5.  “La Isla Bonita” Madonna - True Blue - La Isla Bonita & 6. “Open Your Heart” Madonna - True Blue - Open Your Heart — (from True Blue) —  on balance, Madonna was playing it shockingly safe heading into the latter half of the decade that seemed constructed by (and designed for) her, as she had become hell-bent on conquering the world of film as wholly and decidedly as she had the world of music. Still, this period of time produced a pair of her most purely enjoyable pop songs: the first, a shuffling, completely charming (and, stunningly, rather chaste) lullaby about finding love on a titular pretty island; and the other, a straight-ahead dance track which raised eyebrows for what was then a boldly risque video that featured men holding hands and seemed to suggest that Madonna was professing her undying devotion to a pre-pubescent child (and demanding his in return). (Probably it wouldn’t raise as much as an eyebrow nowadays, but even as late as 1987, it felt vaguely as though Madonna was just beginning to grasp the true and full power that a stinking music video could afford her in actually relaying a message to the masses, and if it’s true that she had underestimated or miscalculated that power theretofore, she was about to prove she would never make that mistake again.)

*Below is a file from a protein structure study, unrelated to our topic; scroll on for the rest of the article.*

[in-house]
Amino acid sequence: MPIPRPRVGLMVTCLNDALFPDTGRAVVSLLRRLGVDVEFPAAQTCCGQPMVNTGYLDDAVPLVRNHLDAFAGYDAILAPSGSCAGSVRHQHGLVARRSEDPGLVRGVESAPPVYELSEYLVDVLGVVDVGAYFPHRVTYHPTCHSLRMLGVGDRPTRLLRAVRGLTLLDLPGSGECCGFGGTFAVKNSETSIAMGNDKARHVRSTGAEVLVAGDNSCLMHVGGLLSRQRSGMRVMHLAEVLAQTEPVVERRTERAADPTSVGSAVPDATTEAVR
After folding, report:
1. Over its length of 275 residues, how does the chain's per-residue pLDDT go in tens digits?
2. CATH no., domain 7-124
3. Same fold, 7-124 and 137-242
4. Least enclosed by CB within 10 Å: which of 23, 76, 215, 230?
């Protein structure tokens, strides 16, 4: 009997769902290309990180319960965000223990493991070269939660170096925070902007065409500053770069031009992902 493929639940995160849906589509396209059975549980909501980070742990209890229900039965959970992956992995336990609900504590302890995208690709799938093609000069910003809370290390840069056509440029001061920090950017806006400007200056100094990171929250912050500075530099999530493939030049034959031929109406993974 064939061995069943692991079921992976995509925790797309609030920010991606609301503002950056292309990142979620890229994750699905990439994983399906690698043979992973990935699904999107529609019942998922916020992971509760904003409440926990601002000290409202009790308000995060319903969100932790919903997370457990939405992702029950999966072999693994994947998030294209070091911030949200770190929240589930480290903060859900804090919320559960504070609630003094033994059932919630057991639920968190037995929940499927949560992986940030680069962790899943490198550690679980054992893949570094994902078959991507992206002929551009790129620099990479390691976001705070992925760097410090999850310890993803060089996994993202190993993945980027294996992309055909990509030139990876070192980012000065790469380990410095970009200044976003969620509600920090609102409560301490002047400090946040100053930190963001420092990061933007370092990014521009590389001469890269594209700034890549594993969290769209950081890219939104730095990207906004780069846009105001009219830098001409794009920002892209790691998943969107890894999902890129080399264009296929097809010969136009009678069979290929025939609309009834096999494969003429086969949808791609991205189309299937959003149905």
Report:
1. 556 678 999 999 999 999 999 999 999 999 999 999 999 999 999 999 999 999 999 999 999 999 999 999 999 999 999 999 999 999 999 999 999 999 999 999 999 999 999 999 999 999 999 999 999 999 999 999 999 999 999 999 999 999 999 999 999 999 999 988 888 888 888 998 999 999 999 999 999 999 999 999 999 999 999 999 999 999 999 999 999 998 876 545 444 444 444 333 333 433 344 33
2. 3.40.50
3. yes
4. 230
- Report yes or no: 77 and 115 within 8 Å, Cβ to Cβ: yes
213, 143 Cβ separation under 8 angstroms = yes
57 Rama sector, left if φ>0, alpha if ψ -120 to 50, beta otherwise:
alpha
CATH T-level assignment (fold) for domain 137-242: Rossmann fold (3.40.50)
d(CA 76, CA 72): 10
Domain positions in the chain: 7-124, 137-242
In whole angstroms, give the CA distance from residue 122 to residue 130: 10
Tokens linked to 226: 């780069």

7.  “Like a Prayer” — (from Like a Prayer) — Madonna - Like a Prayer - Like a Prayer — with a name like Madonna, you just knew she was eventually gonna take her shot: itching to pound against the conservative stranglehold that held both the society and the popular culture in such suffocating thrall during the seamless transition from Reagan to Bush (and, no doubt, hungry beyond measure to trade, if only a smidge, on the delicious irony of her saintly name), she decided to complement the haunting beauty of her fourth album’s leadoff track — a song that took flight with the able assistance of Andrae Crouch’s legendary gospel choir, not to mention a shattering climactic cameo by the incredible Niki Haris — with an arresting video which featured Madonna clad in nothing more than a flimsy black teddy, dancing giddily through the glow of burning crosses and worshiping a beaming, buff black man whom we’re left to infer is a Jesus-like entity. The outcry was swift and deafening — even the Pope was outraged enough to condemn her — but, by cementing her status as the most unpredictable, most determined pop star in the game (and scoring an unforgettable number one classic in the process), she almost certainly got what she sought from the experience.